We are likely to find that inclusion in general education provides physical access but not instructional access for most students to the supposedly rich and varied general education curriculum offered in general education classrooms. But physical access to a place can restrict access to the instructional procedures that are most effective for students with learning problems (Kauffman, 1999)."
Even if expertise were available, extensive use of specialists in ways that were traditionally employed when students with disabilities were educated in separate special education classes and schools may not work well in general education classrooms because of significant contextual differences" (Giangreco, Dennis, Cloninger, Edelman, & Schattman, 1993). Some serious medical attention may be needed yet such may not be included in the school program. The demand for teachers catering those children with special needs will increase. One essential determinant considered in the success of inclusive service is the quality of the early childhood program (Giangreco, Dennis, Cloninger, Edelman, & Schattman, 1993). According to Buysse, Wesley, & Keyes (1998) and Doherty-Derkowski, (1995) general factors of program quality, such as unfavorable class size, poor teacher-child ratios, low licensing requirements, and stability of staff, have been cited as barriers to inclusion.
Opponents of inclusion assert that many local school boards, state departments of education, and legislators favor inclusion simply to reduce the costs of special education programs (Shanker, 1994). Furthermore, skeptics of inclusion charge that, in an effort to make the inclusion classroom appropriate for all students, the more able children may experience boredom and special needs children may experience frustration when trying to keep up with the average instructional pace. Consequently, achievement test scores of all students in inclusion classrooms could decline, and inclusion teachers would likely be held accountable (Brackett, 1994; King, 1997).
Behrmann (1992) has commented that schools need more special education personnel, not fewer, when students with disabilities are served in general education. There is not a lot of school in the world that can provide the elements of inclusion which Eleanor Guetzloe (1999) stated, "the most important elements of inclusion are attending the home school - the same school that neighbors, siblings, or non-disabled peers attend - and being placed in regular education classes (and included on the class rolls) with classmates of the same chronological age. At the same time, inclusion means having an individualized education program (IEP) as required by federal law and the supports (special education and related services) necessary for success in that environment."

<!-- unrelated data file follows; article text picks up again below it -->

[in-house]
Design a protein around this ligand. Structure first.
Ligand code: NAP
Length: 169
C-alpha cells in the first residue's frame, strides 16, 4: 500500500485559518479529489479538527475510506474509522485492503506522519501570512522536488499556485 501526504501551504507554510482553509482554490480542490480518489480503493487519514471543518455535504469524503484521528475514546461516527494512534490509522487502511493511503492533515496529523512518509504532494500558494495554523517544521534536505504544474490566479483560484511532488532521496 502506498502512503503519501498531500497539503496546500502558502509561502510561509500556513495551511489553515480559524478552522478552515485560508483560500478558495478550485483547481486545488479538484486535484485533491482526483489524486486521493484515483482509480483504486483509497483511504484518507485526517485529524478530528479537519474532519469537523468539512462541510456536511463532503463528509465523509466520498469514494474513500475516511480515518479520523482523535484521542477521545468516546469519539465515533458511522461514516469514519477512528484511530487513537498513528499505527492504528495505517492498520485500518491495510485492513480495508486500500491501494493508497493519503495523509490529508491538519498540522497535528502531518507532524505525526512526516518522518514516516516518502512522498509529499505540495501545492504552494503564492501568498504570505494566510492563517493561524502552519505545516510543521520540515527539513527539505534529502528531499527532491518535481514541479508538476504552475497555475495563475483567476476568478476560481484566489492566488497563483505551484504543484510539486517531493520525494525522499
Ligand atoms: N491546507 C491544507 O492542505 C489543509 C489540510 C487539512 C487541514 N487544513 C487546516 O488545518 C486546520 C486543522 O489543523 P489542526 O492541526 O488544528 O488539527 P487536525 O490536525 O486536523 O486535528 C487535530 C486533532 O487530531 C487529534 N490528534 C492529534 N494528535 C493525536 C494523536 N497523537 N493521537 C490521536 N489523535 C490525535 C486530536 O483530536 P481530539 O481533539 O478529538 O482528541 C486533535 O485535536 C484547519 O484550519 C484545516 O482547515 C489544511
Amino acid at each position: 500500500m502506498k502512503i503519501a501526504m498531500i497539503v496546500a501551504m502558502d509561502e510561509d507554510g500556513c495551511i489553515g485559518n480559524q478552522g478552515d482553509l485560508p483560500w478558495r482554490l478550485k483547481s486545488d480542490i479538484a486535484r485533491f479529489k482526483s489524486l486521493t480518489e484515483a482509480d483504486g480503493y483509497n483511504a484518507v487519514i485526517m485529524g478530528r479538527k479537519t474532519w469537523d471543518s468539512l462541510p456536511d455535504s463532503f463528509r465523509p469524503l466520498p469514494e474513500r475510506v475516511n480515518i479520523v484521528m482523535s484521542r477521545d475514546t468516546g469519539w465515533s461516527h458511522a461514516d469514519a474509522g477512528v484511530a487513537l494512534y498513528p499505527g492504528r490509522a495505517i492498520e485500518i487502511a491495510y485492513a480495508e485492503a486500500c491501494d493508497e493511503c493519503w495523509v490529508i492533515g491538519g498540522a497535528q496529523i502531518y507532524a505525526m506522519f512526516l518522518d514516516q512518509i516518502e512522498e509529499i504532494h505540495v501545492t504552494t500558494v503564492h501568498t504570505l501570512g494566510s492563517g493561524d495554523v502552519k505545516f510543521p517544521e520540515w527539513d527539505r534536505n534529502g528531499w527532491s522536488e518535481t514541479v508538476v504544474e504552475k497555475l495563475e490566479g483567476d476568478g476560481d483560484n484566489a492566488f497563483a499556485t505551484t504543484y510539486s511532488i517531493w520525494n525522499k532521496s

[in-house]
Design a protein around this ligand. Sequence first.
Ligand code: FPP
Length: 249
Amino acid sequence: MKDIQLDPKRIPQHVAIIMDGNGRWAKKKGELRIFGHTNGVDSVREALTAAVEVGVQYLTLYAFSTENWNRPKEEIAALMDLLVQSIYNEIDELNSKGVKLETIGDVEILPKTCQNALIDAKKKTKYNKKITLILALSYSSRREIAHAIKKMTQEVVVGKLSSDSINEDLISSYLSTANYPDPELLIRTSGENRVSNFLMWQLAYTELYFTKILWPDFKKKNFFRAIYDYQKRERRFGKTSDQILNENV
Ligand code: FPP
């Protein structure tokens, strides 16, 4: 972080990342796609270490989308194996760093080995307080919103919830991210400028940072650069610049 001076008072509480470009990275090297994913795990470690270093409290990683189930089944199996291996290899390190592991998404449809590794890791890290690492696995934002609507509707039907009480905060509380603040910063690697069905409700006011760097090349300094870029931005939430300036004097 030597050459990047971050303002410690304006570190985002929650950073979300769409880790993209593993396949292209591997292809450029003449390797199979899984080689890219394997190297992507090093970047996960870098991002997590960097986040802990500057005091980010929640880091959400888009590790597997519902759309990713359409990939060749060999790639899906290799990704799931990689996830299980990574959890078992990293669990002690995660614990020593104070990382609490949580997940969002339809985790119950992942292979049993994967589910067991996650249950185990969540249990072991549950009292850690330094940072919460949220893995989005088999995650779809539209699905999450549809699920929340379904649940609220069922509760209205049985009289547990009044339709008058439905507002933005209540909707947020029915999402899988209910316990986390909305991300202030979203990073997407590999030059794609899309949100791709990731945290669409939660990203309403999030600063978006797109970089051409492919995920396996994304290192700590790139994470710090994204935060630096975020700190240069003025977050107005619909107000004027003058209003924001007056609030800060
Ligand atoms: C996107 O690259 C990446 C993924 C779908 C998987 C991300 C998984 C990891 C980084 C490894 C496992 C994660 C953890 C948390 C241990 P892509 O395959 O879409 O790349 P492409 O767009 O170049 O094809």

Separate goals and a different agenda between the classroom teacher and the specialist, disruption of class schedule and routines of the specialist, overly technical and stigmatizing to students are the common difficulties of general education teacher who had a child with disability in the classroom (Giagreco et. al., 1993). In an interview done by Elaine Frankel (2004), some educators "described a lack of consistency across curricula in terms of offering courses in special needs, training institutions were not yet changing the way they were dealing with inclusion because for them it is not only a separate course but it is the language you use and the attitudes you demonstrate in all courses.
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Little is known about what students perceive as the reasons for or the benefits of their educational placements at special schools; although one study has explored the perceptions of parents pertaining to their children's educational placement at special schools. These parents view special school as a place that has all the facilities helpful to the child with special need (Corn, Bina, & DePriest, 1995).
Attending a school that did not cater exclusively to students with visual impairments would not afford them with the same level of academic support that they were currently receiving. They perceived that in local schools they would experience larger-sized classes, less attention from teachers, and fewer opportunities to function independently. Students also felt that their local schools were not equipped with the trained personnel or resources, including the books, materials, and technology that existed in their special school. Educational setting for special children is better equipped than the normal setting. The students are given professional and trained personnel to teach and attend specifically to their need as compared to what their local school can offer. They have comfort being around other visually impaired students (Corn, 2003).
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The common theme in special school is students centered on the nonacademic aspects…